Scott Hanselman

Automating Adding iTunes Album Art to MP3 ID3 tags from the Command Line in C#

April 18, 2007 Comment on this post [6] Posted in Podcast | Programming | Tools
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It's been bugging me that the album art for my podcast doesn't appear in Windows Media Player, iTunes, or in iPods.

I assumed, incorrectly, that this was an iTunes meta-tagging problem, but then I realized that this was an MP3 problem, not an AAC or WMA problem, although both formats support adding art to the file.

The ID3 format is pretty extensive. You can put a great deal of meta-information into an MP3. The Attached picture or APIC "Frame" in ID lets you embed in PNGs or JPGs, along with their respective mime/types. 

I googled around over lunch and couldn't find a simple, free, command-line program that would let me easily add pictures to not only the existing MP3s for our show on the server-side, but also could be integrated into our existing audio file production workflow.

I ended up finding this great little library from 2004 called the tagnetlib project source was offered for free from the Nancy Street Blog. I converted it to .NET 2.0.

Now, note that the tagnetlib project is currently deprecated in lieu of the NTag product that Greg Keogh started in 2005 and released in May of 2006. The NTag project is much more interesting and appears to be well thought-out. He intends to support WMA and OGG and turn the project info a "Meta Tag Tagging" project that would support all popular audio formats.

I used the Tagnetlib because it was quick, incredibly easy, and I only had my lunch hour to do this. However, he's pretty clear that Tagnetlib is, again, totally deprecated and unsupported. Perhaps one day I'll get to spend more time with the NTag library. For now, my little hack is used like this:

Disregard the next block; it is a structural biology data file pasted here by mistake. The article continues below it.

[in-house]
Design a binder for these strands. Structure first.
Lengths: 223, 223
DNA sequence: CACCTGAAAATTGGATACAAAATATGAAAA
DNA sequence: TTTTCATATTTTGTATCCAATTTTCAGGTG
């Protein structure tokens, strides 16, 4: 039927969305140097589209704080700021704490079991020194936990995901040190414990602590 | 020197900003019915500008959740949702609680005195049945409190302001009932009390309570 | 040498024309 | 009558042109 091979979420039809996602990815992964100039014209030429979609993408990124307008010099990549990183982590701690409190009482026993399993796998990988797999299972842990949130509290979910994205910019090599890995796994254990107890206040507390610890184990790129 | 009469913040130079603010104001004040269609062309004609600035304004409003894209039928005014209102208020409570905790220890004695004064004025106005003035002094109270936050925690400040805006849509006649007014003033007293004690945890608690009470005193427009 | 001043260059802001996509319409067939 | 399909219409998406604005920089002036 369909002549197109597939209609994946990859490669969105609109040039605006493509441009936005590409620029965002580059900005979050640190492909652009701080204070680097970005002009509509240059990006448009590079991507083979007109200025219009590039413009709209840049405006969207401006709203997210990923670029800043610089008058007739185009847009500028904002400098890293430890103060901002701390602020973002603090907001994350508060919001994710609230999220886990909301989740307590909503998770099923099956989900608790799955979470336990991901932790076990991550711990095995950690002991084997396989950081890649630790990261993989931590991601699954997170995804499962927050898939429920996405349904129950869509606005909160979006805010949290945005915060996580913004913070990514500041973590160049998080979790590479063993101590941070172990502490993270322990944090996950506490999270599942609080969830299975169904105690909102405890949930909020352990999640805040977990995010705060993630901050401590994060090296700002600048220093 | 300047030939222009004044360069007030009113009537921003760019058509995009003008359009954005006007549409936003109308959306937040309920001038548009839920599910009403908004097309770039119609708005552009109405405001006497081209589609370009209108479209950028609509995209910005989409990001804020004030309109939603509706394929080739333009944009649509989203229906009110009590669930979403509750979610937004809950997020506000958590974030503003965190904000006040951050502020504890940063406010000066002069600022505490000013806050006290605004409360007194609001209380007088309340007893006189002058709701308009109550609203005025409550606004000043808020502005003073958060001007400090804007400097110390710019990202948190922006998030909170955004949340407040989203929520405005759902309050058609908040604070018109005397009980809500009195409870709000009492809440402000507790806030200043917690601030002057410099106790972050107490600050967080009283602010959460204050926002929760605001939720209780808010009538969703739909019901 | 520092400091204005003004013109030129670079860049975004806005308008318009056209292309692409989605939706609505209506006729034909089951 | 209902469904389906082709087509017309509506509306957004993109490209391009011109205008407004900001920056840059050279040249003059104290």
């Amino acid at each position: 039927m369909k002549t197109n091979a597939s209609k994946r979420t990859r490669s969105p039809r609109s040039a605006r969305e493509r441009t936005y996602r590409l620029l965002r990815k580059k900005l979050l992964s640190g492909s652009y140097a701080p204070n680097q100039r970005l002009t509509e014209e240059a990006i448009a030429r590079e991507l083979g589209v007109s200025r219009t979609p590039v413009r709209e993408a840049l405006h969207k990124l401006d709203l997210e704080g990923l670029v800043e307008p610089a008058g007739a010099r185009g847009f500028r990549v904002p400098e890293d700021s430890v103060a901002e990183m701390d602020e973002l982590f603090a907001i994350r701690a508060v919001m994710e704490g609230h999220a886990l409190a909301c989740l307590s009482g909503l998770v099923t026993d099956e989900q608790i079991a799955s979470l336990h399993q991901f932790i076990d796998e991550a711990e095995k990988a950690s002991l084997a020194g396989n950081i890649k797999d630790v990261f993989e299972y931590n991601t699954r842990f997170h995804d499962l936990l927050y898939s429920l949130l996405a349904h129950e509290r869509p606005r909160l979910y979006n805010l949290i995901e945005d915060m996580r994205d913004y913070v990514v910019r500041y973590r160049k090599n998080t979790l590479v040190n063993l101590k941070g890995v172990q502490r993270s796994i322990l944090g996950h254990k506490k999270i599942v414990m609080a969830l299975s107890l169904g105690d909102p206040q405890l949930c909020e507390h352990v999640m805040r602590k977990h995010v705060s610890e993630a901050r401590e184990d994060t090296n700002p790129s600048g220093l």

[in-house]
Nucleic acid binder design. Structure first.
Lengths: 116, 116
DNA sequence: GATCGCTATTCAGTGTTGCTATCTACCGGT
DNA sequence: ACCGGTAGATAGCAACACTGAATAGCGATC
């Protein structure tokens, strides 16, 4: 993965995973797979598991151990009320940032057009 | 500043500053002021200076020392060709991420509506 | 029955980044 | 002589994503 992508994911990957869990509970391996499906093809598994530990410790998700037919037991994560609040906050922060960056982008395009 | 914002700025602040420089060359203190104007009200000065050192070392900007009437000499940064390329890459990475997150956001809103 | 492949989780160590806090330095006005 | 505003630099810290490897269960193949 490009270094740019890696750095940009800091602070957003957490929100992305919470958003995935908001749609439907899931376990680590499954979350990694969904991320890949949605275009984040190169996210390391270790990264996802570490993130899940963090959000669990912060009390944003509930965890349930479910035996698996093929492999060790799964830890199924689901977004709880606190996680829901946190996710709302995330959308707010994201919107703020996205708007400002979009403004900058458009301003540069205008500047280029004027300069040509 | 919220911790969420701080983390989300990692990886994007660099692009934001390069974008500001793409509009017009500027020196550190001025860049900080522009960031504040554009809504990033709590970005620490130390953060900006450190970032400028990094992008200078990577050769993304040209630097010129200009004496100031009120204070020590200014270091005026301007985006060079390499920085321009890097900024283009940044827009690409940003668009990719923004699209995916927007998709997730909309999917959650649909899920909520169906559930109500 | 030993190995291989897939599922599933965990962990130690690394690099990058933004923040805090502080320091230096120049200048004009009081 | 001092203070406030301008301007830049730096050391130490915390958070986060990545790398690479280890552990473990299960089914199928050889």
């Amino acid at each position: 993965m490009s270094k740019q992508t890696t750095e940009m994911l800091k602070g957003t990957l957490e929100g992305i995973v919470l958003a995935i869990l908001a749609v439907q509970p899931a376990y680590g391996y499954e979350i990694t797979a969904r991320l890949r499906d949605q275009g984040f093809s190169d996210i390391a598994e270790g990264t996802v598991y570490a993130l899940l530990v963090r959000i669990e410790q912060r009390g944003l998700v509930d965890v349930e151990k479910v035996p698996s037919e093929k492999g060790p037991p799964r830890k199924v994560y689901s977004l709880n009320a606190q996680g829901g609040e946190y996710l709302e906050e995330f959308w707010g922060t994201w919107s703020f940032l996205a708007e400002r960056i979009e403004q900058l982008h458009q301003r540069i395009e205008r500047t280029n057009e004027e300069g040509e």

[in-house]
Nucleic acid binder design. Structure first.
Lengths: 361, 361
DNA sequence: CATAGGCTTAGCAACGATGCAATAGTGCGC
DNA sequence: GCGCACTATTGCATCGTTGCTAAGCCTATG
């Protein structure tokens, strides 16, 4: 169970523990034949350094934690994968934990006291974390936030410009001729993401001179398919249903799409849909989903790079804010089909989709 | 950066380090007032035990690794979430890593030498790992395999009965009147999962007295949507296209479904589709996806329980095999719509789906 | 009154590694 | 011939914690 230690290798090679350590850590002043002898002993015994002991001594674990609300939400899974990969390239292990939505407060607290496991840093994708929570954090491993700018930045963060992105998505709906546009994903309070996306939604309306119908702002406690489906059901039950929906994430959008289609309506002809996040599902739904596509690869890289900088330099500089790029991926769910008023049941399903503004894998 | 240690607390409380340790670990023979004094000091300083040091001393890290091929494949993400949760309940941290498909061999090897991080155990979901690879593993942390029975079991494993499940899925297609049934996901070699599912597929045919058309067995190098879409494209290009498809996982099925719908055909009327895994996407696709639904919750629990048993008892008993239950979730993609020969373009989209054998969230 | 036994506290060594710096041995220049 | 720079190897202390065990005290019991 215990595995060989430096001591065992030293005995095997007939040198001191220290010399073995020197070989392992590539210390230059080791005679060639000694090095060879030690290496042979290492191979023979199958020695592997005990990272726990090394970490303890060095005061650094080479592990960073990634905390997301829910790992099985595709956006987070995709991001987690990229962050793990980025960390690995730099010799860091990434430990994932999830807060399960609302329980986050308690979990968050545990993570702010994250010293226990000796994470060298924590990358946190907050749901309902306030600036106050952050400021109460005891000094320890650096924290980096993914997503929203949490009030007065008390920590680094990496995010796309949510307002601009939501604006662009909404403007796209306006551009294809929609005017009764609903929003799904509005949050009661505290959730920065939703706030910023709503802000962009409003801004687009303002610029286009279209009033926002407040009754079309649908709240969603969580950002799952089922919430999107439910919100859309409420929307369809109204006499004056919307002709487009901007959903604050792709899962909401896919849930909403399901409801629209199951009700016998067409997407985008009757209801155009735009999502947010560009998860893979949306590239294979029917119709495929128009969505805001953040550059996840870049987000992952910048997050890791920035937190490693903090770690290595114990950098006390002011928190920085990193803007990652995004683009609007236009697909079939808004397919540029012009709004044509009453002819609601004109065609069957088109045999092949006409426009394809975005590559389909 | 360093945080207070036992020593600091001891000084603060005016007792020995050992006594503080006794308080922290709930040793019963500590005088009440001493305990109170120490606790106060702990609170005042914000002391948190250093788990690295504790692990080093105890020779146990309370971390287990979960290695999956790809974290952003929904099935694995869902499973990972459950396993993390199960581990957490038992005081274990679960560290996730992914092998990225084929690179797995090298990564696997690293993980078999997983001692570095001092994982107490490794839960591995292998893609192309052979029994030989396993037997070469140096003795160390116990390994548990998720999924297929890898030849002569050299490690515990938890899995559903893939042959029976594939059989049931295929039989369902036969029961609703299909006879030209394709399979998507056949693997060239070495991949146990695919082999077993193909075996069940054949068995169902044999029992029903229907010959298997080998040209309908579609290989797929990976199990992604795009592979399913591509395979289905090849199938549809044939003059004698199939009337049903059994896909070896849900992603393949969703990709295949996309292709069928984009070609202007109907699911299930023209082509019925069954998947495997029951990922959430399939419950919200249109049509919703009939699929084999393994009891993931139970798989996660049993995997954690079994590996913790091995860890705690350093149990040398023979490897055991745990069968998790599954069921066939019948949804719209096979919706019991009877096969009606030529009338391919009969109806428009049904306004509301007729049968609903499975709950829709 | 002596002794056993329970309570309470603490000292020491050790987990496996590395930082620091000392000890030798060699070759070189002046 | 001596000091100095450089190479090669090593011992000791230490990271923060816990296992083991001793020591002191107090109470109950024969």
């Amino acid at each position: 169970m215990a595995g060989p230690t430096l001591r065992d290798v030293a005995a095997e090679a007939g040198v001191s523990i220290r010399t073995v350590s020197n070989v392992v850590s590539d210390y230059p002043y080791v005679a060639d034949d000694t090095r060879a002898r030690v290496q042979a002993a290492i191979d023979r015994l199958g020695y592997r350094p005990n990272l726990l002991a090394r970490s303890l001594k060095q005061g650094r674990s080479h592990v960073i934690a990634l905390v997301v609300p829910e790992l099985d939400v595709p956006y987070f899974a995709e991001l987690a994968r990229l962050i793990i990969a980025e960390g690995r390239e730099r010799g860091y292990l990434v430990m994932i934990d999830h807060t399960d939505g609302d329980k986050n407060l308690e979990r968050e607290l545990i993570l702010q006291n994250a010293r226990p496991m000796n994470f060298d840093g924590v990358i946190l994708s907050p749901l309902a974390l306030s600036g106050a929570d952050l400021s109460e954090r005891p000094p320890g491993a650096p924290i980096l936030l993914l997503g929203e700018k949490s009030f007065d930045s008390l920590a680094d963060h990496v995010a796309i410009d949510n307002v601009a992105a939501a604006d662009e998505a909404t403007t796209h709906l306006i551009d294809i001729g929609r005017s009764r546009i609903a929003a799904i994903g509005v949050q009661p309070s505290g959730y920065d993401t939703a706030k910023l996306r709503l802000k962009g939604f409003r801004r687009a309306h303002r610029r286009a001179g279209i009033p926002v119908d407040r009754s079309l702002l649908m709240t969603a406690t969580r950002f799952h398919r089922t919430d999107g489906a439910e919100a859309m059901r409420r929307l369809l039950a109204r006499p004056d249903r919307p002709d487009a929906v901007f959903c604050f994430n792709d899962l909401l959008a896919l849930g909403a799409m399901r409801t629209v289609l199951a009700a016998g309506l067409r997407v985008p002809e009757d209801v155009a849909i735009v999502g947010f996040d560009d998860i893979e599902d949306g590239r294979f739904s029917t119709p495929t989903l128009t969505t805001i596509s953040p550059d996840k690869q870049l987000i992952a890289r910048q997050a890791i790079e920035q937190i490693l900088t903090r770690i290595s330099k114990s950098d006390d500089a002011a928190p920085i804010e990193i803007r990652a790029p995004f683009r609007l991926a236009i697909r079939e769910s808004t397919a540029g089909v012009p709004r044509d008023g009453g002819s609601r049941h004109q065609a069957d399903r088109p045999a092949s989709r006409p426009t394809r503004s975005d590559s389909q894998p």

embedid3.exe file.mp3 file.jpg [optionally "mime/type", default is "image/jpeg"]

Disclaimer: This app does one thing. It adds images to MP3 files that don't have them. It has no error handling or checking and it doesn't care about you or your MP3 collection. Don't even think about running it over your collection or using it for any purpose. It's useful for one thing. It's useful to me. Your Mileage WILL Vary. You have been warned.

Do make sure you checkout NTag and what Greg's working on over there. It's really pretty fun code to read.

About Scott

Scott Hanselman is a former professor, former Chief Architect in finance, now speaker, consultant, father, diabetic, and Microsoft employee. He is a failed stand-up comic, a cornrower, and a book author.

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April 18, 2007 4:00
REally great tip. I miss having album artwork for all my mp3s!
April 18, 2007 10:52
Scott, been listening to your podcast since the beginning - it's awesome. The ratio of BS to useful content is second to none. I do tend to get most podcasts in the AAC format, mostly because it allows me to play some podcasts where the show host talks slowly at double speed on my iPod. Unfortunately, the AAC feeds from pwop have absolutely on identifying information (e.g. the AAC equivalent of ID3 tag). I hope this utility starts pwop on the road to fixing this problem.
April 18, 2007 19:03
If you don't need to automate it (like if you aren't scripting a complex set of these things or making it part of a "build process"), you can also just drag the appropriate image into the "album art" window in iTunes and iTunes will embed it into the track for you. You can even highlight several tracks and drag/drop the image one time to have it assigned to each selected track (which is a great/easy way to do complete albums all at once).
April 18, 2007 21:14
The best code is the code you don't have to write -- if you want to embed graphics into MP3s with minimum fuss, MediaMonkey FTW!
April 18, 2007 21:15
But, Jeff, I had fun writing it!
April 19, 2007 2:59
Hi Scott,

Like you, I was annoyed that some of my MP3s were missing their album artwork, and also like you, I'm a PowerShell fan. I started writing my own ID3 library a while a go but gave up when I found the Ultra ID3 library. This combined with a custom-written UltraID3.Format.ps1xml, and some handy aliases made the whole process of manipulating ID3 info (not just artwork) much easier.


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Disclaimer: The opinions expressed herein are my own personal opinions and do not represent my employer's view in any way.